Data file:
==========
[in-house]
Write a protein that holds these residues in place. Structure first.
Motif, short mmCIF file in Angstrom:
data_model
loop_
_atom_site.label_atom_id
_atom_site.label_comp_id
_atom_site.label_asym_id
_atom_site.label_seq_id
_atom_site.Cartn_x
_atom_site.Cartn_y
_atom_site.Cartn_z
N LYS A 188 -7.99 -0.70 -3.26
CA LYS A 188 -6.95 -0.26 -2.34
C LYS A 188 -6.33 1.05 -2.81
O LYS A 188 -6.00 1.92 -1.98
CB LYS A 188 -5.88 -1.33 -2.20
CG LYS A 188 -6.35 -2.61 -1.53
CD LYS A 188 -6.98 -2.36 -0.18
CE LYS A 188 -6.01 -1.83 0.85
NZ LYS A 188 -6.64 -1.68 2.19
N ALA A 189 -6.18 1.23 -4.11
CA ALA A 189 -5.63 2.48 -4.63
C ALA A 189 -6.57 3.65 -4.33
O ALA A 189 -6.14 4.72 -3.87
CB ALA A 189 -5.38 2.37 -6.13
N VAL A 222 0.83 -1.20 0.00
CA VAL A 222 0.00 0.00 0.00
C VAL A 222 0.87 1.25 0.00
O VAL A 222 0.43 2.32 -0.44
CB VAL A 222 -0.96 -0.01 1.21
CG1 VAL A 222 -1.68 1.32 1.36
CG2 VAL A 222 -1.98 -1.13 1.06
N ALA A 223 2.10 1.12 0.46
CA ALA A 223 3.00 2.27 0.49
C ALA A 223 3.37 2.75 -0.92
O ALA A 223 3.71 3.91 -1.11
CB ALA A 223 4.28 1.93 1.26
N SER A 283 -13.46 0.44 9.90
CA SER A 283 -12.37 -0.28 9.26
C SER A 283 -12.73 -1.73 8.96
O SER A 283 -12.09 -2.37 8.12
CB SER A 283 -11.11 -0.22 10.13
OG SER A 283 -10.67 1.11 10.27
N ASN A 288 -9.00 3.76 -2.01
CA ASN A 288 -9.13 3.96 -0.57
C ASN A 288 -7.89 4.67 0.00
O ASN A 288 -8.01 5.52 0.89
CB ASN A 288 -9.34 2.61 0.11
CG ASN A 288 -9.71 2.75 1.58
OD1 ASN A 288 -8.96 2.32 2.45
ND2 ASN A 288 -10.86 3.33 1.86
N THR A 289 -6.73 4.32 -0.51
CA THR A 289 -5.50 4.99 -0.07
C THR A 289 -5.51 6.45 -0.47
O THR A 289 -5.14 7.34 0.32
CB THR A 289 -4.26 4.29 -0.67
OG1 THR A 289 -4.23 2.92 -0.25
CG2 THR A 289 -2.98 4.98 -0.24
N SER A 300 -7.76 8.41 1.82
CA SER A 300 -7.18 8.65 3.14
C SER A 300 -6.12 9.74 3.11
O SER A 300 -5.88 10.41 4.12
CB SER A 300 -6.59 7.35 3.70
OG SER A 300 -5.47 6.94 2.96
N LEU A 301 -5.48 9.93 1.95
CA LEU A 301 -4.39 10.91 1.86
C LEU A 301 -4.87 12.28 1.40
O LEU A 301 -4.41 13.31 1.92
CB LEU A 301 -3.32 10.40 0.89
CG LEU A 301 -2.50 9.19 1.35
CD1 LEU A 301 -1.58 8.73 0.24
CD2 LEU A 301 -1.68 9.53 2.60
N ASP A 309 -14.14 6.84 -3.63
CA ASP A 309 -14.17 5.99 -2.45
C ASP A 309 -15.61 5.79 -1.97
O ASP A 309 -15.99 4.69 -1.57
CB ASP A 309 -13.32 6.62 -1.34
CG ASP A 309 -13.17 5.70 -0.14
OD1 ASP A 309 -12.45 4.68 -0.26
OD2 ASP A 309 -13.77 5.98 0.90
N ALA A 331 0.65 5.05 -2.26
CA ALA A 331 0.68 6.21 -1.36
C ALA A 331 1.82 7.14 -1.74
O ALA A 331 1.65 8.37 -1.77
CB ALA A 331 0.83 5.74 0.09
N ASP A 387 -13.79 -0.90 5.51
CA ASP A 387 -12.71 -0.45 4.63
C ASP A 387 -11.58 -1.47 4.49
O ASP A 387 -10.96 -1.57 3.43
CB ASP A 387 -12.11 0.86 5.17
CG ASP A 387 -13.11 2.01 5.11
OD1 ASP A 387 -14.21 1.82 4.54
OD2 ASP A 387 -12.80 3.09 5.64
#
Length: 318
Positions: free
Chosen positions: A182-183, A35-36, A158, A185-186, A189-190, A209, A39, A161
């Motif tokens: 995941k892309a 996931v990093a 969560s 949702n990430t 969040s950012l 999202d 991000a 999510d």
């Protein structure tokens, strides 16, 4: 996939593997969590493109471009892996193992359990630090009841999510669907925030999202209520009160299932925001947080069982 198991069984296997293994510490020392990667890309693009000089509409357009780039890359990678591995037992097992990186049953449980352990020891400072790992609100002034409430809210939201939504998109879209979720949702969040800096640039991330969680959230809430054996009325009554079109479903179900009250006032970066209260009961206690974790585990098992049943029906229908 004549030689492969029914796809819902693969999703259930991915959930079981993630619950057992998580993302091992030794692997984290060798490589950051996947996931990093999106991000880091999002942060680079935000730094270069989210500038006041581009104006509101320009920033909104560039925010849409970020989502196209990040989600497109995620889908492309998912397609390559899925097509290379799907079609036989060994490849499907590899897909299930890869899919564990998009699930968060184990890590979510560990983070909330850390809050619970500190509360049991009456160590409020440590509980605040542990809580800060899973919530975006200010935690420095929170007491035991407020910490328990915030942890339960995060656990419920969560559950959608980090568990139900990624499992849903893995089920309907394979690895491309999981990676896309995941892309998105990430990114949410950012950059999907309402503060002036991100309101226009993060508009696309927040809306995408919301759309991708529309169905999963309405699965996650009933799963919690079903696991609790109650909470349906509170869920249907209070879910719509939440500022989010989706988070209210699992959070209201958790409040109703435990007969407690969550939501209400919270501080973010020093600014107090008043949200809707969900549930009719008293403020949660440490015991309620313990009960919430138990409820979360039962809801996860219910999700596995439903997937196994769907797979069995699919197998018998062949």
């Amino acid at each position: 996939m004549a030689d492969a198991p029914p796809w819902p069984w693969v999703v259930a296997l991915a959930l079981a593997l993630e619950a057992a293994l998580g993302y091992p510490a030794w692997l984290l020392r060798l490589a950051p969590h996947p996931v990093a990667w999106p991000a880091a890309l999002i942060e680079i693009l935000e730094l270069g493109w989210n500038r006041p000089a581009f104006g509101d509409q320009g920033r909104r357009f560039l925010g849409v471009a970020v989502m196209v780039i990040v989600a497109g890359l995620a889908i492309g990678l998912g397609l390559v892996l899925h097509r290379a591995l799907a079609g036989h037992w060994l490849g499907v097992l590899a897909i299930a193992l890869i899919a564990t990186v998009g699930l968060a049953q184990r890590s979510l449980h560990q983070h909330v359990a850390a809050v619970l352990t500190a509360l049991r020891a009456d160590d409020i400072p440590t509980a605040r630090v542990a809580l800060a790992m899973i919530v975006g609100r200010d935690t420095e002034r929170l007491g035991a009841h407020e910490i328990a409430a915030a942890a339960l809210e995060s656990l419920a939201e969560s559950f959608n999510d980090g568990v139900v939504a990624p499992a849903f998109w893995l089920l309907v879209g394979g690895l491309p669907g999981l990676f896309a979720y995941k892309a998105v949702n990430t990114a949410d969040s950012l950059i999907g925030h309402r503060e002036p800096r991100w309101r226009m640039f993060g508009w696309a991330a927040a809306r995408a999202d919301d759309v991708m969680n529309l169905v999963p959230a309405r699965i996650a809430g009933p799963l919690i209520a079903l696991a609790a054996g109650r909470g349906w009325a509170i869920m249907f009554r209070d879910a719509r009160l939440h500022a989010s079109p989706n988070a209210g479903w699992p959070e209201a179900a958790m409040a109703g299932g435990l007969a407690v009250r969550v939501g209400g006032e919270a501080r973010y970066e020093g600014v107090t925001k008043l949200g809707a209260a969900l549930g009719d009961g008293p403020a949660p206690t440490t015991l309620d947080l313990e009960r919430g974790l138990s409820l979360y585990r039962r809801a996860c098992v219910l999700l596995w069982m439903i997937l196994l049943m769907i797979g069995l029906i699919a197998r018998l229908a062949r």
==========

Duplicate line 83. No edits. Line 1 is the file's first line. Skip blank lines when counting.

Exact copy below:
CA ALA A 331 0.68 6.21 -1.36